Elon Musk published his first tweet on his personal Twitter account in June 2010. He had 80 million followers at the time of the purchase. Musk's most vocal comment about the purchase was that he wanted to protect "freedom of speech." Of course, that is something protected by the government and doesn't really apply to most private companies.

Elizabeth Lopatto of The Verge made some predictions about what a Musk takeover might mean. She thought that a mass employee exodus might occur. She also saw the reinstatement of some accounts, such as Donald Trump's account.

The New York Times wrote that Musk's acquisition was "about controlling a megaphone" rather than free speech. Kate Klonick, a law professor at St. John's University, went as far as to say that allowing "all free speech" would open the door to the spread of pornography and hate speech on Twitter.

A number of commenters have said that Musk's purchase just adds fuel to the controversy about the power that wealthy people have in influencing the democratic process.

Musk has said that he thought that Twitter should make the algorithm that determines what users see open-source and more transparent.

READ MORE
https://www.wsj.com/articles/twitter-under-elon-musk-what-an-open-source-and-free-speech-oriented-platform-could-look-like-11651091515

Educating in the Metaverse

AR use

Using augmented reality to see what is not physically there.

There is not much mention of education in all the discussions this year about the metaverse, but it is thought that it will better allow students to have a cyber-physical learning experience. The virtual world will merge with the real one more and more seamlessly.

For the past 20 months, there has been a global educational experiment in online learning. But don't think that what has happened in education because of the COVID-19 pandemic is an accurate account or prediction of what teaching and learning are at their best, or what they will become in a metaverse. The forced move to online education was awkward for most schools, students and teachers, particularly in the first two semesters. By the spring of 2021, all parties were better adapted to learning online. For the fall 2021 semester, many schools were able to go back to their pre-pandemic methodologies and content delivery. The best schools and teachers have not abandoned what was learned in those online days, and for them learning has continued to shift between online and in person. Online delivery has become more of an integral component of education. The whole move online in 2020 and 2021 should lead to more inclusive and creative pedagogical solutions.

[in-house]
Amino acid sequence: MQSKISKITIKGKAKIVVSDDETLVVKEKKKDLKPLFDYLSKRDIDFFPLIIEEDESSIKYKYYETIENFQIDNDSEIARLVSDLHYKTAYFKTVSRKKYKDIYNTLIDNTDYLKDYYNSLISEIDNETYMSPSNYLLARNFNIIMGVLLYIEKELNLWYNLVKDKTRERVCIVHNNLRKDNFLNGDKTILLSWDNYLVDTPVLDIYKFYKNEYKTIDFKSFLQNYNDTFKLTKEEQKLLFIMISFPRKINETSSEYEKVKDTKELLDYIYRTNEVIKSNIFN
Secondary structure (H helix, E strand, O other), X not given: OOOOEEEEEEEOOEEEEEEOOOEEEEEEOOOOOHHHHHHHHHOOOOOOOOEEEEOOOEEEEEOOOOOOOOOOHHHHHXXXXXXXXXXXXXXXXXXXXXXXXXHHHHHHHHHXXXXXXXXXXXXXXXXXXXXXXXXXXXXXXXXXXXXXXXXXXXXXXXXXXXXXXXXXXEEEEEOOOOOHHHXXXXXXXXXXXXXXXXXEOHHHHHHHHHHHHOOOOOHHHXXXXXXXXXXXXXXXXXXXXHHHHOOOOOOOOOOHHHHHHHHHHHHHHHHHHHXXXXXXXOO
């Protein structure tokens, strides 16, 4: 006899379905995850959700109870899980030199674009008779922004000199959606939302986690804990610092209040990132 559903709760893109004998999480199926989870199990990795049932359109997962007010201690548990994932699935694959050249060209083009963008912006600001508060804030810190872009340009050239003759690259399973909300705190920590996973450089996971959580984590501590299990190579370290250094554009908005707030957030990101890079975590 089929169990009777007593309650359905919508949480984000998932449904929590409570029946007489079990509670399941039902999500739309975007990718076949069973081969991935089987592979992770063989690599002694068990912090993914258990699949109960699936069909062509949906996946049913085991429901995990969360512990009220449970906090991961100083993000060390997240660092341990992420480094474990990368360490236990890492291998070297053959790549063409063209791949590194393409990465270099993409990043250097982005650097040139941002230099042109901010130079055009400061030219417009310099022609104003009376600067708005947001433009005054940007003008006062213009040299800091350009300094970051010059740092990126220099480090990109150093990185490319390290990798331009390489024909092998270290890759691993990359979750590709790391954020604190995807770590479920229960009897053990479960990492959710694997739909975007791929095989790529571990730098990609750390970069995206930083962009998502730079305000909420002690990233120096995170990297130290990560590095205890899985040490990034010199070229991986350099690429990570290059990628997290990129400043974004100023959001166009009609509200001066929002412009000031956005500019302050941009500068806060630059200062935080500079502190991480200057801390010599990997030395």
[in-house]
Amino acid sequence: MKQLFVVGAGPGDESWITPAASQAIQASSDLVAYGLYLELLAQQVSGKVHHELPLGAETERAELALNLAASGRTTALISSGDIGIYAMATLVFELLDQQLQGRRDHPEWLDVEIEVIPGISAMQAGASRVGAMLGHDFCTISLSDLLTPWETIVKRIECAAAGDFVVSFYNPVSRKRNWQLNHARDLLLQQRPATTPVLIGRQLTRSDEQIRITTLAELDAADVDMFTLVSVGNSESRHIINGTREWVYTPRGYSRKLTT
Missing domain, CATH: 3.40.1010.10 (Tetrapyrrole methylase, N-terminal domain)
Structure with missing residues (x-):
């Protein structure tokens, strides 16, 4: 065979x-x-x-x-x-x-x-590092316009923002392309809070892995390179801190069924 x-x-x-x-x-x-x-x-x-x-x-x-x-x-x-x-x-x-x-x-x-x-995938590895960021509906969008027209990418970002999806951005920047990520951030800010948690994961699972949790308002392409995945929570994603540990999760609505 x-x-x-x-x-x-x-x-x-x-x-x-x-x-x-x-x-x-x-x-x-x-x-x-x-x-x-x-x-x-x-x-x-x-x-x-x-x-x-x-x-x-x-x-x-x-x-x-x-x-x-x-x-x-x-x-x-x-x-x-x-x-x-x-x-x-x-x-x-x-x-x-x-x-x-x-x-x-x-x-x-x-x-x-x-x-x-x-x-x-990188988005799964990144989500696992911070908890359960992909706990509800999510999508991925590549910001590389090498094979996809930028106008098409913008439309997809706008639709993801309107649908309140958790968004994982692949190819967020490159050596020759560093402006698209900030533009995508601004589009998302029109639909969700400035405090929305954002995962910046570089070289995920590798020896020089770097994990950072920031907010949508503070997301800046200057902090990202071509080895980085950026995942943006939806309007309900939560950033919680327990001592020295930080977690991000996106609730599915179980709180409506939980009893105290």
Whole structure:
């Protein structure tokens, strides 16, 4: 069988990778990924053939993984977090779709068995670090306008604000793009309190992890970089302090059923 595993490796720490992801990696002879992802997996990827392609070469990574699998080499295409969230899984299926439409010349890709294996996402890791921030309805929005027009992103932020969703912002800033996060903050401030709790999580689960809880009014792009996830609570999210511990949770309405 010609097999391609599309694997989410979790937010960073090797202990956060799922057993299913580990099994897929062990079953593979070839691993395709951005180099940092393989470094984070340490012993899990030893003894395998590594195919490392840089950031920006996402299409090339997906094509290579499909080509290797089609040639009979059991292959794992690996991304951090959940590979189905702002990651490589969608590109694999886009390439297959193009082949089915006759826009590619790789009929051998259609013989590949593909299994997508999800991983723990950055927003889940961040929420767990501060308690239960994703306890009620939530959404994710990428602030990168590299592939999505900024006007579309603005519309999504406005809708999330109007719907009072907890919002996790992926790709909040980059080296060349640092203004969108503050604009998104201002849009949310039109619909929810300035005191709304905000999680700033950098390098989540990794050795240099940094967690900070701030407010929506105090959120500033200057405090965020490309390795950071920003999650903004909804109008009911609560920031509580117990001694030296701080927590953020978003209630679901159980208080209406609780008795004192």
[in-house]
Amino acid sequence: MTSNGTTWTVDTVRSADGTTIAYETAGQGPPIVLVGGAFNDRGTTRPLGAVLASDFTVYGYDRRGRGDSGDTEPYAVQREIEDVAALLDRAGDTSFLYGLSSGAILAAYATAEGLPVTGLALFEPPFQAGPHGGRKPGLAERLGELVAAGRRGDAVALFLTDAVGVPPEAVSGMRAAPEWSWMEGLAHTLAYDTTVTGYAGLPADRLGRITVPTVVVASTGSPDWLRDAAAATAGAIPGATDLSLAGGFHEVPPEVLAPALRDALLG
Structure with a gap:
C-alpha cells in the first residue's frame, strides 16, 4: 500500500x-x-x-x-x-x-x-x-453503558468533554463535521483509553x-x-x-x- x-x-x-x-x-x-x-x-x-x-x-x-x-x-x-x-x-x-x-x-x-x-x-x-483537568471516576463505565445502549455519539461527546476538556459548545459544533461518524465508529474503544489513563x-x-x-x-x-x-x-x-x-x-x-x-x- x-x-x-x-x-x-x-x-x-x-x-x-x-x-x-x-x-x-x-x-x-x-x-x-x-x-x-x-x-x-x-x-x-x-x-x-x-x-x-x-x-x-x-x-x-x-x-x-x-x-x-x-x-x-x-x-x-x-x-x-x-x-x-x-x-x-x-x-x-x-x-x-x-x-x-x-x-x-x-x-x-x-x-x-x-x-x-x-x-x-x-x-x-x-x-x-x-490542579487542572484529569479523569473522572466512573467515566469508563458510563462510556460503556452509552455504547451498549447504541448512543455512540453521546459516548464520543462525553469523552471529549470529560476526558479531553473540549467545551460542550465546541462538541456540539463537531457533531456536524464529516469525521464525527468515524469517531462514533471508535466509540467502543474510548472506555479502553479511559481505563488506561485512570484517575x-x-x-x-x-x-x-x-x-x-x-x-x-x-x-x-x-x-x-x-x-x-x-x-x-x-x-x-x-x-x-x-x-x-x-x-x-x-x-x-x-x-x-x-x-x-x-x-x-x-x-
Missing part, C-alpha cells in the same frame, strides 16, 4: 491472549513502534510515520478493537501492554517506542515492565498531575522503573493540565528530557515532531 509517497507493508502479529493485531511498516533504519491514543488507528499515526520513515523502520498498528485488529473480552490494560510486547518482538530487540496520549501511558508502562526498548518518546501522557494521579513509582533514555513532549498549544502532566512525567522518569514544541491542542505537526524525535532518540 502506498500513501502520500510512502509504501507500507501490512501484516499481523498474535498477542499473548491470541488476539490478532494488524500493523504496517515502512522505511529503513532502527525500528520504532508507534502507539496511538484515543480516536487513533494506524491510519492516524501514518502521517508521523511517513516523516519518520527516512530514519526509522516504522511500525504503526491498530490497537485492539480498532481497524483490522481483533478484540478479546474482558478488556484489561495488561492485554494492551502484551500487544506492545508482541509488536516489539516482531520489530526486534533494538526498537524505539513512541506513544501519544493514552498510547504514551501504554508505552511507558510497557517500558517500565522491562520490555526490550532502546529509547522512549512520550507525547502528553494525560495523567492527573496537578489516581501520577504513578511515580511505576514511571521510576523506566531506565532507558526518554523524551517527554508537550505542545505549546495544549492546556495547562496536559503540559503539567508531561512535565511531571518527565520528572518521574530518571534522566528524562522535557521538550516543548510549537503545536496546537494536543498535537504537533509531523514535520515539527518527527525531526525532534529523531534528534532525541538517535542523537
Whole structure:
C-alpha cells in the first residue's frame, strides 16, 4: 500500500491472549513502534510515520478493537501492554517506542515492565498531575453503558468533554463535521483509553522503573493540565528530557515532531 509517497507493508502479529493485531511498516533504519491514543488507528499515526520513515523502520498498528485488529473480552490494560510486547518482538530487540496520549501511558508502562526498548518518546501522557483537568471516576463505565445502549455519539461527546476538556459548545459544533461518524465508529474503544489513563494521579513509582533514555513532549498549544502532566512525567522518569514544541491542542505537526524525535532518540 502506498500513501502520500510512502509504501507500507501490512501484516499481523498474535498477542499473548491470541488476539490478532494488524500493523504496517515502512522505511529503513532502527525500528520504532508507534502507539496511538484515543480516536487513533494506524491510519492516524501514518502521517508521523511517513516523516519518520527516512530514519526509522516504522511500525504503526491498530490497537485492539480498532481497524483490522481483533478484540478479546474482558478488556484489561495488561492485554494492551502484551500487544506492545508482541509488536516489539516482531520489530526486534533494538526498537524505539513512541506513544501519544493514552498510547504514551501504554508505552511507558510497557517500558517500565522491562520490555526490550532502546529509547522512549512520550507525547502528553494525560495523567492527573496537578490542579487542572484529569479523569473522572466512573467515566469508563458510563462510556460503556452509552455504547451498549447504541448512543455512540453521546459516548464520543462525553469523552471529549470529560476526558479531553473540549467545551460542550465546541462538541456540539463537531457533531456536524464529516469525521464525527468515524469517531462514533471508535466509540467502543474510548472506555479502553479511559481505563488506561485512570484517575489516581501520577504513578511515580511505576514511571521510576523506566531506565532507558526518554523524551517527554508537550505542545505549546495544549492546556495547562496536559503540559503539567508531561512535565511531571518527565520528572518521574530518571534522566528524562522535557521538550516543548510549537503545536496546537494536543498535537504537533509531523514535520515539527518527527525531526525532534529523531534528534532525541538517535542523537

My earlier post on the building of the metaverse did not consider education. No one should think that what we now call online education looks anything like the metaverse. Actually, some online worlds from decades past, such as Second Life, are closer to the metaverse than current online education. The building game Minecraft is enjoyed by millions of young and old learners and has found a place in higher education too. Both of those products have been used to enhance lectures, allow virtual field trips and make students creators. I took tours of campuses in Second Life at the start of this century. They were crude by today's tech standards but they didn't require a clunky headset. I did it once in front of a giant screen and it was more "immersive" but no metaverse.

Current virtual reality (VR) simulations allow students in medicine, engineering, and architecture to practice skills that are difficult to rehearse in real life.